When I was in the middle of this article, my attention was drawn to the death of another Tladi man in Mochudi. Unlike both Simon Tladi and Mochele Pheto, he was not a politician. Mpyayagae Tladi aged 83 was a former footballer. He was a founder member of Township Rollers. In fact he is said to be the one who came out with that name when the club was established in 1965. Legends say three names had been proposed for the new club and the one proposed by him was adopted as it coincided with the emergence of Gaborone as a new town for independent Botswana. Earlier he had been playing for a training institution where he was a mechanic trainee. The other team in Gaborone was Mighty Tigers which was a Bechuanaland Public Works department (PWD) whose colours were the current Township Rollers’.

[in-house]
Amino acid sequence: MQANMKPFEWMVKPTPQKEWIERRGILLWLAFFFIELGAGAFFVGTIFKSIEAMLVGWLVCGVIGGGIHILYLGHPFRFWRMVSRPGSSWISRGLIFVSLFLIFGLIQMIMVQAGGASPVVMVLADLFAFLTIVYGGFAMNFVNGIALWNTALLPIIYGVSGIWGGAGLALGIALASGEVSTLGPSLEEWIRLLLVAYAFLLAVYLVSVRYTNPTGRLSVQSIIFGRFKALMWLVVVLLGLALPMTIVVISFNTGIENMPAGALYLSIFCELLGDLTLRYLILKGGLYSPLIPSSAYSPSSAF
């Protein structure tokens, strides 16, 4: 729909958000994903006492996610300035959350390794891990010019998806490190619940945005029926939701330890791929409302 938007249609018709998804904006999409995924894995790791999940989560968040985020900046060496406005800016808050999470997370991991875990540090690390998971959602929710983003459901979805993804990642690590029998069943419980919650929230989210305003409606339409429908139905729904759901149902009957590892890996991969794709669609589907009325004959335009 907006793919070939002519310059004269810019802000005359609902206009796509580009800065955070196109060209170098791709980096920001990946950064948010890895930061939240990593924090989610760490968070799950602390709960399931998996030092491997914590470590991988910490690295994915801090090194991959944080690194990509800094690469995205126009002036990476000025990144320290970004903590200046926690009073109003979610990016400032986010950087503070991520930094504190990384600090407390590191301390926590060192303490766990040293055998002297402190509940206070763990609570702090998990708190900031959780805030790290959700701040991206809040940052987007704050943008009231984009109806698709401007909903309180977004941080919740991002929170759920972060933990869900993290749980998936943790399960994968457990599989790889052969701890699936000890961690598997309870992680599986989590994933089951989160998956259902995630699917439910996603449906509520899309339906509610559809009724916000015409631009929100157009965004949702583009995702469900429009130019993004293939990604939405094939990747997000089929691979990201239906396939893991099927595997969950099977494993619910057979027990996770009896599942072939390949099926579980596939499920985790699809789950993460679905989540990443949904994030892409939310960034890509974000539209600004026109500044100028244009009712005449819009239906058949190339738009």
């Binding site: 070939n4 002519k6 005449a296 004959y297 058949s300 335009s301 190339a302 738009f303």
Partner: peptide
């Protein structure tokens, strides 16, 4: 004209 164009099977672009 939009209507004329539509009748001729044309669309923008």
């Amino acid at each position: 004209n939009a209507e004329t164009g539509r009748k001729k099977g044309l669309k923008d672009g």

Mpyayagae Tladi’s funeral was also attended by a handful of mourners in accordance with the current prevailing circumstances. A relative counted 47 people were at his funeral. It may even be that Rollers were not represented at his funeral. It may also be that they did not even know that such an important personality was being buried. At the worst it may be that Township Rollers did not even know who suggested their name. Google does not appear to know who suggested the name Township Rollers. A search in that aspect produced negative results. Even the other names which were put on the table appear to have been lost. Throughout his life following his retirement, Mpyayagae boasted of having suggested the name for the country’s most decorated team. Let us hope that one day,COVID-19 will be history just like other pandemics such as Influenza, Small Pox, Plague and Cholera. In the meantime, adhere to the rules aimed at containing the pandemic. Remember the wearing of masks has become compulsory.